Blues Rhythm Guitar Basics Part 2: The Shuffle
Now that we understand and can construct the basic underlying harmonic structure of a 12-bar blues, we can begin to apply some of the more common rhythm styles. One of the most common blues rhythm conventions is the shuffle, performed by alternating harmonically between a perfect fifth and major sixth with either a straight or swing feel. Let’s apply this to the first four measures of a blues in A, substituting the I7 for a shuffle:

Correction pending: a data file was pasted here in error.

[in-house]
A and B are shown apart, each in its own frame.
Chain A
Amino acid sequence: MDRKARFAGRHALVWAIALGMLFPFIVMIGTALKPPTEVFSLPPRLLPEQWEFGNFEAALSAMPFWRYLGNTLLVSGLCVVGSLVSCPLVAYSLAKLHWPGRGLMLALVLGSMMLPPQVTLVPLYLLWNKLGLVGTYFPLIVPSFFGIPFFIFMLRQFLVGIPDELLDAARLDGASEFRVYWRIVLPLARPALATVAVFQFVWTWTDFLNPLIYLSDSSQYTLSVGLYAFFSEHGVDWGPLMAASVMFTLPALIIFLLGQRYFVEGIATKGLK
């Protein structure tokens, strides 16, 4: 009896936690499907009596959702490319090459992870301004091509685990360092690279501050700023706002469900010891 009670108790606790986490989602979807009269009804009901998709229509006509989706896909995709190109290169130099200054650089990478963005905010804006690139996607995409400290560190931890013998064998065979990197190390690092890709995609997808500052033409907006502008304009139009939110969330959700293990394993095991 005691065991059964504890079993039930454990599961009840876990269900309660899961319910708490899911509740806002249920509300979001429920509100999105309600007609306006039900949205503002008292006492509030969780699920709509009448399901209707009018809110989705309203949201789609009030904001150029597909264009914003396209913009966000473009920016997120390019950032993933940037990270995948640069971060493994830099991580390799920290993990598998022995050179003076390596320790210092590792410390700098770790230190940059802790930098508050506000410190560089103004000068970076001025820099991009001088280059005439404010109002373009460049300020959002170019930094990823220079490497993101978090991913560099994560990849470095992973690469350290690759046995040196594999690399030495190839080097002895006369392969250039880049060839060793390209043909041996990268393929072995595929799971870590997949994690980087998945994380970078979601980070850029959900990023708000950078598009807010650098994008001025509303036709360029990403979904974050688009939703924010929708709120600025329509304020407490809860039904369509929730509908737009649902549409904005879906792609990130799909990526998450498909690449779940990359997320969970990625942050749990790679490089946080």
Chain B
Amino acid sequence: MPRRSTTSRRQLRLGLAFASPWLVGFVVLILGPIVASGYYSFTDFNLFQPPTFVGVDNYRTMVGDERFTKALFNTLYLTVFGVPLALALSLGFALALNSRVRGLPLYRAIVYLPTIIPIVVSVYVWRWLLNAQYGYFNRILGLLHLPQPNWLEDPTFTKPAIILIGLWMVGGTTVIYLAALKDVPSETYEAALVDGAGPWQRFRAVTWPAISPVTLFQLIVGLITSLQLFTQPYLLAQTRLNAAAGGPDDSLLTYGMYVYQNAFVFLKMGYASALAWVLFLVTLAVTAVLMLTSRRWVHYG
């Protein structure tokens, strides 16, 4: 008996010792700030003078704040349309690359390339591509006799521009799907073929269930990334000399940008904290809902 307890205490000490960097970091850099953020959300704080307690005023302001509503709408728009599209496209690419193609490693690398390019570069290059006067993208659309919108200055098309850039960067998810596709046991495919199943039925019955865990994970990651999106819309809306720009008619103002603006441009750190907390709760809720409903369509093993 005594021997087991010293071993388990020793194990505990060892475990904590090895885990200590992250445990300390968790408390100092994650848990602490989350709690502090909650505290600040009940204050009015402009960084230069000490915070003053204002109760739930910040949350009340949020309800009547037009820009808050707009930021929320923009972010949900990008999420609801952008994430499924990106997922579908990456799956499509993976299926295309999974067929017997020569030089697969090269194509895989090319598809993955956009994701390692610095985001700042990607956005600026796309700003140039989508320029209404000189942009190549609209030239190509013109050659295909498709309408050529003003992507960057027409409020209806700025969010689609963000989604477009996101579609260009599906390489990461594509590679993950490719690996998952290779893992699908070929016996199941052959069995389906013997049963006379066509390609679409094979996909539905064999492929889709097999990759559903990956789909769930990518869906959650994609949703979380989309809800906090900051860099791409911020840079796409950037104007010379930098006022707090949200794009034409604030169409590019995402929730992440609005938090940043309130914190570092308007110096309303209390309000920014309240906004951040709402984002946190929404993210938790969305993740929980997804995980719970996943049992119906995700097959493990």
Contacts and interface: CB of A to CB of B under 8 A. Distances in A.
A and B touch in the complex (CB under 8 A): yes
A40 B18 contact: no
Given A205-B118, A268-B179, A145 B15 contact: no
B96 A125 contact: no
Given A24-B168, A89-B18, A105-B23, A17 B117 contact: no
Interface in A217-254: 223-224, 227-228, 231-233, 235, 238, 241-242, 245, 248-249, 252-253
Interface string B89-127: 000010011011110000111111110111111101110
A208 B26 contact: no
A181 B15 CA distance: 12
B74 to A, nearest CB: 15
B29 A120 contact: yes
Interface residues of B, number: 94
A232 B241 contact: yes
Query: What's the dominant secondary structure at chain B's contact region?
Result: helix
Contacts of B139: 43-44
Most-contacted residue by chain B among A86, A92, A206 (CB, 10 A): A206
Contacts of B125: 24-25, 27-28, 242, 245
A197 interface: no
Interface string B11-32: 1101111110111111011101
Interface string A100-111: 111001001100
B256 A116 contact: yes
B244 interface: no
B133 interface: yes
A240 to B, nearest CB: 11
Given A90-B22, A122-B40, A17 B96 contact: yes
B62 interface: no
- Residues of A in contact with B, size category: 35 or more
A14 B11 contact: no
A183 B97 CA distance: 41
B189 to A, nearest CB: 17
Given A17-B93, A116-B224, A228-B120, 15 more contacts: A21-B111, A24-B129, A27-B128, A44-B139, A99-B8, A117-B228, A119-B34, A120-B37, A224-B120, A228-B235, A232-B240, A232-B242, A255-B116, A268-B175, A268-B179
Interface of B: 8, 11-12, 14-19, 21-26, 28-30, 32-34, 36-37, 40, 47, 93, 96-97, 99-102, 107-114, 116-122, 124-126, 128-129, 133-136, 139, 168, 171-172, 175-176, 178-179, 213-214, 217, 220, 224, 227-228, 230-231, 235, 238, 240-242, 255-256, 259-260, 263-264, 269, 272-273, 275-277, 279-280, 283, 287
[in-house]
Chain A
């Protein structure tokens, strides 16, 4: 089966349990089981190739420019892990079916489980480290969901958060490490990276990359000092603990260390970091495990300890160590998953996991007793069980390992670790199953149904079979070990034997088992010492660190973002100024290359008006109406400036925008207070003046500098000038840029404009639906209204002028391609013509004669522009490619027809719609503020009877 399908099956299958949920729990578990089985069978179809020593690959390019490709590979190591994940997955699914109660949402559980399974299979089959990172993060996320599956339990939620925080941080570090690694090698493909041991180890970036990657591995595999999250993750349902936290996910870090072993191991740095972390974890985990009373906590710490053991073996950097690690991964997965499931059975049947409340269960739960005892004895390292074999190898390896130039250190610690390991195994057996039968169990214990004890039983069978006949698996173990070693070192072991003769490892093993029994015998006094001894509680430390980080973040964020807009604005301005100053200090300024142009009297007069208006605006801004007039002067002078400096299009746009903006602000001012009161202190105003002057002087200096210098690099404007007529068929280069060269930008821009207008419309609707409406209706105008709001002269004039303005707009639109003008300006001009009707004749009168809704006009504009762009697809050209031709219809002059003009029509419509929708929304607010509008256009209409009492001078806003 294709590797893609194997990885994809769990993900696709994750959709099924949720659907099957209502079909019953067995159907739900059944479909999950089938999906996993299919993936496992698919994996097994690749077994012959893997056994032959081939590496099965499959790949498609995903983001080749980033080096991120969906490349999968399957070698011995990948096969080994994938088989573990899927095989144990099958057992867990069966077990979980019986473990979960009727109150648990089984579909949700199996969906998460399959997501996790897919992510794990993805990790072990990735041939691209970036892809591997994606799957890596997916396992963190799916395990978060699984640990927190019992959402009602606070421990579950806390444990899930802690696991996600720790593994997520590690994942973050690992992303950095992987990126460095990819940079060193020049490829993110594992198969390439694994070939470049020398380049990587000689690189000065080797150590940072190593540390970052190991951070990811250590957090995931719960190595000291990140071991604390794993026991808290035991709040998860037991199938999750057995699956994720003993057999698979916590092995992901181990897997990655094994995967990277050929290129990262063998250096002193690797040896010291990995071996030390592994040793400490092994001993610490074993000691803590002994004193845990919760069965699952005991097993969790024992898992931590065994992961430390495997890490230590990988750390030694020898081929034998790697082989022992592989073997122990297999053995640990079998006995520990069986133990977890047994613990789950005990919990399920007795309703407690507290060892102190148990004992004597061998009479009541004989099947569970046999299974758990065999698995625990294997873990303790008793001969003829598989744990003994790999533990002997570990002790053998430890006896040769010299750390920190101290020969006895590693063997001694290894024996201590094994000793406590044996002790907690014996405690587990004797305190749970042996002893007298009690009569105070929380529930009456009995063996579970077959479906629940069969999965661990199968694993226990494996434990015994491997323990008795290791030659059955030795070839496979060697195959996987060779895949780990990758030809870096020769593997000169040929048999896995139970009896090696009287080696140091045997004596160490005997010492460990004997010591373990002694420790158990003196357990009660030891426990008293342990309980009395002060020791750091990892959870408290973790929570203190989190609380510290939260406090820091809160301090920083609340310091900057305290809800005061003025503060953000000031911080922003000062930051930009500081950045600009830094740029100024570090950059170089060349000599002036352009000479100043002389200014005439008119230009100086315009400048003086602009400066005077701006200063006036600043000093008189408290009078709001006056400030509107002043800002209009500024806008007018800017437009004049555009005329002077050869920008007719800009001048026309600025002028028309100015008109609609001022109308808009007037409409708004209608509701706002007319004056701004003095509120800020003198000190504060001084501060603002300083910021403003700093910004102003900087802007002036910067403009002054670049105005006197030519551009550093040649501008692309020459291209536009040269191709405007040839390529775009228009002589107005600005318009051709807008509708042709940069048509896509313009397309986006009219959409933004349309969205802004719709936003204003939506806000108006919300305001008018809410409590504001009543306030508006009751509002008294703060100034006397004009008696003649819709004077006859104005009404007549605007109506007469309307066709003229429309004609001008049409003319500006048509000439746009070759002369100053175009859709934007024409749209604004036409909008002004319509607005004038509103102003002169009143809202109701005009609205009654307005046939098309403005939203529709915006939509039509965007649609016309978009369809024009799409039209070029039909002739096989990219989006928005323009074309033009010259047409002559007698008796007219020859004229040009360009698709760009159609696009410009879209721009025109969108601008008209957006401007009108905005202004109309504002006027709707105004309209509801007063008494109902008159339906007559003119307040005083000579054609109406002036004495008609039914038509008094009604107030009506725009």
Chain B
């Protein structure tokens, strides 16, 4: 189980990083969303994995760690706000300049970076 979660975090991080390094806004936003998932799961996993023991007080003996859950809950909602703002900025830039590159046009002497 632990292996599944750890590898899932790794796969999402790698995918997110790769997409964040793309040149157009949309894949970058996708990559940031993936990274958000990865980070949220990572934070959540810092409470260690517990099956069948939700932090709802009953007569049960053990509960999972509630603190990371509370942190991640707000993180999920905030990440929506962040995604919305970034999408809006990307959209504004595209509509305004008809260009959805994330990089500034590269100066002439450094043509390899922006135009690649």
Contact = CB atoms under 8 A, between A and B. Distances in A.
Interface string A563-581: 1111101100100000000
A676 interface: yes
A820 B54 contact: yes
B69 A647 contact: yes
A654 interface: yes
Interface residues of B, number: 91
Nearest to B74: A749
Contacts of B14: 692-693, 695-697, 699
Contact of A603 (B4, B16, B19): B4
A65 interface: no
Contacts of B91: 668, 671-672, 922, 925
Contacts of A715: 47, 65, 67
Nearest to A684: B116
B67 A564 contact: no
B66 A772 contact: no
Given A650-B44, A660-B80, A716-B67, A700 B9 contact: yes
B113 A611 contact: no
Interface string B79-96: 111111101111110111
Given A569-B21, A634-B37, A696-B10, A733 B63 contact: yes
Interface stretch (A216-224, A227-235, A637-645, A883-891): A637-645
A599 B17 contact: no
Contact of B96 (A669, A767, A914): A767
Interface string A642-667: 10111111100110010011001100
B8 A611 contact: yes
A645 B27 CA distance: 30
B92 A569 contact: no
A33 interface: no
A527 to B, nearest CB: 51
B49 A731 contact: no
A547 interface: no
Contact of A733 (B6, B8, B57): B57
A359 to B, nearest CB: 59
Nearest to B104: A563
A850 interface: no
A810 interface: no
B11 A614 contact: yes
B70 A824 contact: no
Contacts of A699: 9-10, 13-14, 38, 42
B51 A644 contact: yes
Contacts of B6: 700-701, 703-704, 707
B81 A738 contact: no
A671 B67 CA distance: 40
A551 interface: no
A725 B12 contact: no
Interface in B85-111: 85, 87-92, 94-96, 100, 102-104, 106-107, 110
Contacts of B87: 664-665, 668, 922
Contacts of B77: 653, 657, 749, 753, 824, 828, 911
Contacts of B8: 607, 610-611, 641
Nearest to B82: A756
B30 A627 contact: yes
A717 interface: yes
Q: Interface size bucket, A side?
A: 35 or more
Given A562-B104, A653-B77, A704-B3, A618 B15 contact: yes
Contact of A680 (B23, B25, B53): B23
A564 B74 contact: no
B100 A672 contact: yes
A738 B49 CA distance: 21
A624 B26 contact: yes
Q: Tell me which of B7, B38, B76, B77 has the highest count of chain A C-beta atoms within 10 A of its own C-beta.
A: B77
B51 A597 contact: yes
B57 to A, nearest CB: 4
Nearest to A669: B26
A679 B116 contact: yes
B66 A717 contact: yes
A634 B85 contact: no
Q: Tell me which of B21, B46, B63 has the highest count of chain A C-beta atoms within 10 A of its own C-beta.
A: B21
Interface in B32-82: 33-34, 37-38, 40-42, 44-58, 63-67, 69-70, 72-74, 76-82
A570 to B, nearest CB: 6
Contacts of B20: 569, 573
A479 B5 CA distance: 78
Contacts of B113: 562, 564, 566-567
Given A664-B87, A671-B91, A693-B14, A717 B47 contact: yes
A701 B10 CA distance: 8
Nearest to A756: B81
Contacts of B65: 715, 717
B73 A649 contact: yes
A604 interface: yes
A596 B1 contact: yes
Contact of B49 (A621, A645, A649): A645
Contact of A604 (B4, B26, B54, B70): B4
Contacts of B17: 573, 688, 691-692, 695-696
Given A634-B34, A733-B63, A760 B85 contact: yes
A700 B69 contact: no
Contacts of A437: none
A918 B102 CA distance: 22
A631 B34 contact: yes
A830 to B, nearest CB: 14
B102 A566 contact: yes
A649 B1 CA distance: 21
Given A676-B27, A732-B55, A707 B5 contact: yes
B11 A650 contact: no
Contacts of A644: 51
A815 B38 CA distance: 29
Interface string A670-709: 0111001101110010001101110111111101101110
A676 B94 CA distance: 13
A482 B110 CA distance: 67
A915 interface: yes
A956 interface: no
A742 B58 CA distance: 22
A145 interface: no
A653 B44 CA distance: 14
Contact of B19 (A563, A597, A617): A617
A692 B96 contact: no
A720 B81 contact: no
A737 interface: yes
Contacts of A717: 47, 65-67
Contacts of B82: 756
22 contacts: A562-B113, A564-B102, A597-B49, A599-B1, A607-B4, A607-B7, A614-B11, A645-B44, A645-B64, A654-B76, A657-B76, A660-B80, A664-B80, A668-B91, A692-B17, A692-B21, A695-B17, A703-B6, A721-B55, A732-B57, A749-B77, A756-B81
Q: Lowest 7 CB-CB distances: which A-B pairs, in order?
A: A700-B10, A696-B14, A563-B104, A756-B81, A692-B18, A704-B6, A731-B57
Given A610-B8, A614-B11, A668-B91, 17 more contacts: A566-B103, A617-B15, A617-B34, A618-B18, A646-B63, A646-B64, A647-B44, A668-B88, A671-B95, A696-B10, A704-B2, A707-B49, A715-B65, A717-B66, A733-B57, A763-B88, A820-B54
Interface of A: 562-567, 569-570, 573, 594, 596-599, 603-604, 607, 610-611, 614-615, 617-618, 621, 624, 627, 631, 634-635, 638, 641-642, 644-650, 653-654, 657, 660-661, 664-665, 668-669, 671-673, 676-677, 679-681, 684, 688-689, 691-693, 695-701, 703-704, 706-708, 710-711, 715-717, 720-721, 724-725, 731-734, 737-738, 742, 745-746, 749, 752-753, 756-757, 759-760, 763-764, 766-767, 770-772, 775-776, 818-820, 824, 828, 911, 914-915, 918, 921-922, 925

This same pattern can be applied to both the IV7 and V7 chord by simply moving the perfect fifth shape to root of either chord. We can do this on the IV7 (D7) of a blues in A by moving the shuffle figure to the fifth fret of the A string. Therefore the middle four bars of twelve bar blues will look like this:
Likewise, we can apply the shuffle to the V7 chord (E7), by placing the root of the perfect fifth at seventh fret of the A string. So the final four measures of a blues in A would look like this:
If we put all of this together, we end up with a twelve-bar blues that looks like this:
Just like we did with the previous example, it is imperative that we apply this in at least five other keys.
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